This year we’ve seen a big drop in consumer spending. With more people indoors, you’d expect holiday shopping to take a large dip. But according to eMarketer, we’re likely to see a small bump of 0.9% in spending this year. This is down from the average 2-6% increase that we’ve seen in the last few years. It also represents a huge shift in where people will be buying their holiday gifts. Like the other big changes we’ve seen in everything from online grocery shopping to telemedicine, this will be driven by a massive jump in ecommerce. Ecommerce is expected to grow by 35% this year, compared to the average growth of 12-17% in previous ones. This compares with a drop in brick-and-mortar retail of 5% vs. its previous anemic but positive growth of 1-4%.
Customers are more cautious with their holiday spending. Morning Consult’s “How COVID-19 is Changing the Holiday Shopping Season” survey finds that 8% fewer consumers (50% to 42%) will spend more than $300 on holiday gifts this year. Many people are concerned about their finances and looking to save money. However, consumer confidence throughout the pandemic was far beyond the great recession of 2008 and continues to get better. But equally important is the elimination of various times to give gifts. This year there won’t be any holiday parties or secret Santa exchanges. Many people won’t even see their relatives for the holidays.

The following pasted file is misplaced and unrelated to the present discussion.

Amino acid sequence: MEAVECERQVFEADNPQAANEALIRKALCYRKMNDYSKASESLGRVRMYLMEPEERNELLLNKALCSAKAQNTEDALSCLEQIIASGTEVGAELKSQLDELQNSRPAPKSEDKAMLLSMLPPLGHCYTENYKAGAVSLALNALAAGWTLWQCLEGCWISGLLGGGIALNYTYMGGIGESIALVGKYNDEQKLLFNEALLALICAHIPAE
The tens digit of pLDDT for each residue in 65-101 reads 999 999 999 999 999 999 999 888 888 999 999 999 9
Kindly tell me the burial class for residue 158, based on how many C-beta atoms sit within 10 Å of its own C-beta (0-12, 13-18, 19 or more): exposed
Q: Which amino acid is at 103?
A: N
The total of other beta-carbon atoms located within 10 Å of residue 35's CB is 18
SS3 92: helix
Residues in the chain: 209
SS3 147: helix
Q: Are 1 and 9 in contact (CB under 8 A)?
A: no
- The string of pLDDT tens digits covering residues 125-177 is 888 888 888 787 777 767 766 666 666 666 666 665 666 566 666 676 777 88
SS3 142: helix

With the shift to online shopping for the holiday season, that means that one vendor becomes the big winner, Amazon. Amazon pulls in 39% of all e-commerce sales, bringing in $310B of revenue to its bottom line. While Amazon will have the largest increase in dollar volume this year, big brick-and-mortar retailers like Walmart, Target, Best Buy are expected to have a larger percentage growth. This shift to online shopping had also added a new shopping word to our vocabulary “Cyber Five.” Like much of 2020, everything has been blurring together, so the five days between Thanksgiving and Cyber Monday have now been christened the Cyber Five. This move online also might have to do with Amazon moving Prime day from July to October, kicking off the holiday shopping season.
The biggest concern for consumers this holiday season isn’t the economy but product availability and on-time delivery. According to CommerceNext’s survey “Holiday 2020 – The impending shipping nightmare,” almost 50% of respondents are concerned about out-of-stock items and late ecommerce deliveries. This may drive customers to use one of their coronavirus shopping techniques like curbside or in-store pickups. It’s not just consumers who are worried, it’s also retailers who are concerned about limited shipping capacity and possible surcharges. The holiday season is already the largest shipping season of the year and it’s unclear if shippers will be able to ramp up the excess capacity. So if you want to make sure to get your holiday gifts by Christmas, make sure you order them early.
These are our best guesses for the holiday season. This has been a year with enormous amounts of change, but change is what Midas does best. Midas partners with you to chart a new path forward. Working with Midas can help you find new and innovative ideas and provide incremental value through creative investment approaches.